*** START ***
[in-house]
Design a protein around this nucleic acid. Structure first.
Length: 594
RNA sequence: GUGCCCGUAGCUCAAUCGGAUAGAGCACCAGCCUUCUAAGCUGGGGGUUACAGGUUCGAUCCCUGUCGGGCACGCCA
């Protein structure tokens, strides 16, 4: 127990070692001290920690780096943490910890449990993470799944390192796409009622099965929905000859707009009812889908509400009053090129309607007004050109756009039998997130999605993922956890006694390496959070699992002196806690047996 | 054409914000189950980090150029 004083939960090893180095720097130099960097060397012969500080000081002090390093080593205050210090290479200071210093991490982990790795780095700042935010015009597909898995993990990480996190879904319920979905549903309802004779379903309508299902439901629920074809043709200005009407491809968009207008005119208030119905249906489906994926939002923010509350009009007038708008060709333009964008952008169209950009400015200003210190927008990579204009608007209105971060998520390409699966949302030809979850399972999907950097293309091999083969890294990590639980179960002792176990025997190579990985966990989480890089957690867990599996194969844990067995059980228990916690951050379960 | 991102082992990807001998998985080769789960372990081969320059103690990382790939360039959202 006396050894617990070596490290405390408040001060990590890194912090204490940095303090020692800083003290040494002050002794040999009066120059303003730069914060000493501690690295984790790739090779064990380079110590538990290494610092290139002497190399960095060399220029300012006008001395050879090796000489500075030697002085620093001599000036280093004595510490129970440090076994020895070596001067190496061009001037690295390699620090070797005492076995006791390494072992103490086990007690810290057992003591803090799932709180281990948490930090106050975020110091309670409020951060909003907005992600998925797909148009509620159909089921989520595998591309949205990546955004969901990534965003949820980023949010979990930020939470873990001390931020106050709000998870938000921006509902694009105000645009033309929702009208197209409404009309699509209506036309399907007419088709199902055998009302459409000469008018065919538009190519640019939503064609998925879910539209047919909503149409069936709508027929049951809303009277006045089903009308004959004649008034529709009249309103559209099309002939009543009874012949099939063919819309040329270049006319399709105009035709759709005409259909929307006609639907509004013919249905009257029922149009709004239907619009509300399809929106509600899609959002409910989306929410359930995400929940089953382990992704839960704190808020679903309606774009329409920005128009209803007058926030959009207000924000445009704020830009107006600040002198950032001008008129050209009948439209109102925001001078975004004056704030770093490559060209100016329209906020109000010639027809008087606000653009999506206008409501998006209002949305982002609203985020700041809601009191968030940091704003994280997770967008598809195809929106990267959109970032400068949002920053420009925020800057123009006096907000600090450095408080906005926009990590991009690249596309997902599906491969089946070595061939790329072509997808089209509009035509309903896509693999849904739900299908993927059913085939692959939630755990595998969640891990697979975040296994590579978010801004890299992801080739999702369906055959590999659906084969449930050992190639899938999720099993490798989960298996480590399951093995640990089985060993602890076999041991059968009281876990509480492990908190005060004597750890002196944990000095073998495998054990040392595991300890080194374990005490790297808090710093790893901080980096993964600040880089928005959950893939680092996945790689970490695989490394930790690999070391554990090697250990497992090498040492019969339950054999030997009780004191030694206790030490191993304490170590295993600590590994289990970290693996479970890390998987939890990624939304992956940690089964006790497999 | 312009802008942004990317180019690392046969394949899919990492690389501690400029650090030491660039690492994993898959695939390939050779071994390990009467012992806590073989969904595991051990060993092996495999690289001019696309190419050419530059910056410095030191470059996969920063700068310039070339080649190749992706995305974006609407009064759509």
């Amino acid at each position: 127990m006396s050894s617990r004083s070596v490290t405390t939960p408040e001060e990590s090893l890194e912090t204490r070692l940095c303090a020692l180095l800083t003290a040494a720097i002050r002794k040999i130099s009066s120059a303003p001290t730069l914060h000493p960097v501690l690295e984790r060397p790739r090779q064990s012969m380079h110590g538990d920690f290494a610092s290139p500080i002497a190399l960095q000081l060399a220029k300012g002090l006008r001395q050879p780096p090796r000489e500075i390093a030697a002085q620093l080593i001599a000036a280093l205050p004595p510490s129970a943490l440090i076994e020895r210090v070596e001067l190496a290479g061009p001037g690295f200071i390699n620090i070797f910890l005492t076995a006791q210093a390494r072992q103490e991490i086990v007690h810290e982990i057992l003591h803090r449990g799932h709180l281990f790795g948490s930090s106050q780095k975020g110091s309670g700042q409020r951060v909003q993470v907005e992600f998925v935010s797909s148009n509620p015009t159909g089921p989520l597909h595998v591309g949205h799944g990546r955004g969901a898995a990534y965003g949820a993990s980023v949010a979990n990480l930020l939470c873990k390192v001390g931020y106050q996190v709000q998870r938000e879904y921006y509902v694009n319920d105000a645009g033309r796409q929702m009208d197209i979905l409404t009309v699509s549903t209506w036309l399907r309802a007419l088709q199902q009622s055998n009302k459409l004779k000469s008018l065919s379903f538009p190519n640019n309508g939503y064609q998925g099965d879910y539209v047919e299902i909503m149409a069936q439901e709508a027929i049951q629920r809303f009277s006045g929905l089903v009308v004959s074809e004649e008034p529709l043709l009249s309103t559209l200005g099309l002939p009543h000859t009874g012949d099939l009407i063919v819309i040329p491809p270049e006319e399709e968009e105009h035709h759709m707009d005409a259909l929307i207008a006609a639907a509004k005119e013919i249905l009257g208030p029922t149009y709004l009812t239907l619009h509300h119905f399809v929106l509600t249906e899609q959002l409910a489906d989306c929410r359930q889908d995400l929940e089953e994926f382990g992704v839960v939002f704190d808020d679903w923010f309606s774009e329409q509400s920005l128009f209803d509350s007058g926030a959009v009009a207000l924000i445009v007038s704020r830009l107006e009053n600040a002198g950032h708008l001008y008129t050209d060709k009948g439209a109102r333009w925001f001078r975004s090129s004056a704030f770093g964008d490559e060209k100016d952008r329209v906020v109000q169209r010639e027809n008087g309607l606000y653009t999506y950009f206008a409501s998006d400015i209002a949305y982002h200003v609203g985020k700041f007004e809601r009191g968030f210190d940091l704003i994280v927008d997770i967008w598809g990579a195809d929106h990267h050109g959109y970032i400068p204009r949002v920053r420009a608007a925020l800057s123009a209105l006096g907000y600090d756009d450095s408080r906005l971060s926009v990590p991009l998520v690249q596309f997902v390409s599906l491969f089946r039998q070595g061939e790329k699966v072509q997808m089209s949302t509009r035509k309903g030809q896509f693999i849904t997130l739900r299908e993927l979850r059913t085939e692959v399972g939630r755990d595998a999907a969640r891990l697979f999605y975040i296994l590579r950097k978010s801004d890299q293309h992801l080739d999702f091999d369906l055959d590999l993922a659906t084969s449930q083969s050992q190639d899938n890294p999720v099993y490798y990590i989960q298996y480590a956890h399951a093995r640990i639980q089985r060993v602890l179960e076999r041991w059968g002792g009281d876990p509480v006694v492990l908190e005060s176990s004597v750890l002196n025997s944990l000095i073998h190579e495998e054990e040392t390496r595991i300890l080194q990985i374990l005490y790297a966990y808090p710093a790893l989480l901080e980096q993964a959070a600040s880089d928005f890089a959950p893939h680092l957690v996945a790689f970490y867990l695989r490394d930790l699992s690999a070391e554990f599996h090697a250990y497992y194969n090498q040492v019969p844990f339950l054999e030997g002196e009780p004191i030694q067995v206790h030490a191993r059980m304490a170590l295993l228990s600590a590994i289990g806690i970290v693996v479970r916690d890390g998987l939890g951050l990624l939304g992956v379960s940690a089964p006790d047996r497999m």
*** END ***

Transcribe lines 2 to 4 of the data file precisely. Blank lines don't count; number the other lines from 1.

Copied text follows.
Design a protein around this nucleic acid. Structure first.
Length: 594
RNA sequence: GUGCCCGUAGCUCAAUCGGAUAGAGCACCAGCCUUCUAAGCUGGGGGUUACAGGUUCGAUCCCUGUCGGGCACGCCA